Then we come to the Attorney-General. The Attorney-General, as we have seen over the years through his own statements—I mean, let's rely on his own words and conduct here—without doubt, by his own admission, would be the smartest person in the world! There's no question about that. He would be the smartest person not just in this parliament and not just across the country—listen to him: he is the most learned person in this place and, in fact, across the world! When you go through his listings, they've been very successful. Congratulations! That's a wonderful thing and to be celebrated. And he has properly disclosed them, as he points out. It is inconceivable, given the Attorney-General's background; given his knowledge of the industry; given his connections, particularly to companies that are involved in the litigation process and that fund litigations; and given his network across Melbourne, across members of the bar, across the legal fraternity in New South Wales and across the country. He's been Attorney-General; he's occupied that office before.
Despite his significant investment in a company that he knows a great deal of detail about, he's telling this House that, somehow, he's surprised by the revelations which we have laid out. The connection can't be any clearer. I haven't got before me the exact figures of the shareholding that the Attorney-General has declared, but let me put it in simple terms: the shareholding owned by the Attorney-General has effectively doubled in value since the Labor Party came to power. Is that directed to decisions being made by the Attorney-General? Well, I'll let people draw their own conclusions. But what I do know is that, when the Attorney-General made a decision, and when that decision was announced, made in his capacity as Attorney-General with a direct impact on the company involved, the company listed and provided advice to the Australian Stock Exchange, as is their obligation. They were very, very happy with the decision made. As it turns out, so too were the shareholders.
Does this result in any consequence under the Prime Minister, who is saying to the Australian public that he is leading a new way, that he's coming in here for a kinder, gentler, friendlier parliament, where transparency will reign? Is there any consequence for the Attorney-General when he surely, with all of the knowledge he possesses, with his superior intellect, with his capacity above any other human being—has this detail escaped him up until this very moment? Is that a credible account of his position? Is it a credible account of his own interest, his own investments? I'll let people draw their own conclusions. There are many on the other side of this chamber who I know hold a very similar view to us in relation to this Attorney-General.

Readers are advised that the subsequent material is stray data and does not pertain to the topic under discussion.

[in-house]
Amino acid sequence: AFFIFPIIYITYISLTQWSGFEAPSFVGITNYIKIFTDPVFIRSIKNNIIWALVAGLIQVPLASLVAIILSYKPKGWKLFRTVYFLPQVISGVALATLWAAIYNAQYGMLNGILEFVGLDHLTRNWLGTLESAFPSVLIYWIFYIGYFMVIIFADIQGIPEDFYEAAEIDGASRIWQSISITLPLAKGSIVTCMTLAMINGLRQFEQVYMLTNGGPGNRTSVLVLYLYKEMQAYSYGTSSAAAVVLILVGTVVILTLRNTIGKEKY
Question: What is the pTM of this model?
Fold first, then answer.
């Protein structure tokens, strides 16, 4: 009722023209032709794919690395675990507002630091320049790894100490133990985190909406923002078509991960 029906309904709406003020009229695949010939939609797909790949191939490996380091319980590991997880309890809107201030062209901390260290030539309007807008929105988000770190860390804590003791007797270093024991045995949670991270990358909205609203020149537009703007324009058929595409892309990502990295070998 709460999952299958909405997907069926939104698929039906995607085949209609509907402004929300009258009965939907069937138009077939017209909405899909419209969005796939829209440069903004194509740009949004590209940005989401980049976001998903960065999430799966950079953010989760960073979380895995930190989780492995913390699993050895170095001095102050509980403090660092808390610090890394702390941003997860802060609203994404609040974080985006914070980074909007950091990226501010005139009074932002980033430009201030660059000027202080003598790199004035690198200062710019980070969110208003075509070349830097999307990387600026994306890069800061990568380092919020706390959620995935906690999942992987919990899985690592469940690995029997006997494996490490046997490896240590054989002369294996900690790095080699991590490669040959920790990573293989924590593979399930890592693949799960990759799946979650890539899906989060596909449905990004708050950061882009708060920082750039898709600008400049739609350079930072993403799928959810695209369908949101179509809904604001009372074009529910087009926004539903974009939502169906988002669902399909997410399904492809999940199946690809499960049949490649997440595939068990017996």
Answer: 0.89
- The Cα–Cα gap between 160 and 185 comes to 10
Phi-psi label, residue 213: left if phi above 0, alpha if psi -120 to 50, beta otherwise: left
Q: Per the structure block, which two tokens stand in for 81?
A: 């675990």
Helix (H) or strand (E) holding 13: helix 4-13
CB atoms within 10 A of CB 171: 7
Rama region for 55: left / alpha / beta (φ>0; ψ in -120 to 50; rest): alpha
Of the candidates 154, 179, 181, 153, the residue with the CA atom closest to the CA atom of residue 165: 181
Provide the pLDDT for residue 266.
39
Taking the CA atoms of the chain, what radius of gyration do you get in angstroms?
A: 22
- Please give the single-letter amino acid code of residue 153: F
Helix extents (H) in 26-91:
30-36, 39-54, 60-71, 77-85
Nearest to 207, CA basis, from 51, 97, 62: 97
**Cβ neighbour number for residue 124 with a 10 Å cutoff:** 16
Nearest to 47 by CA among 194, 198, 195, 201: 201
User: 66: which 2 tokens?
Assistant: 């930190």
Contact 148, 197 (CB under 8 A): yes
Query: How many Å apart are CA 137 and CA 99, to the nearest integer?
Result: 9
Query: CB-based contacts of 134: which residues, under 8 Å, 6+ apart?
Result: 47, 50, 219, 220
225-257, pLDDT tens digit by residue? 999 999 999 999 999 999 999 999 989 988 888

It doesn't pass the pub test. It doesn't pass any test whatsoever, and it's incumbent on this Prime Minister to uphold his standards. If he were to do that, he would demand that this Attorney-General dispose of his interests, exhaust the conflict of interest which is clear to all to see and uphold the high standard that he has claimed to the Australian public he adheres to. So far, not only has the Attorney-General failed this test; two other ministers, that we know of, have equally failed the test, and there may be more.
We haven't come to our favourite friend, the member for Maribyrnong. We may do. I think the Prime Minister will probably deal with him in the next reshuffle. Let's see what the Prime Minister has in store for him. You are his favourite, Bill, I know that much. He may deal with you himself.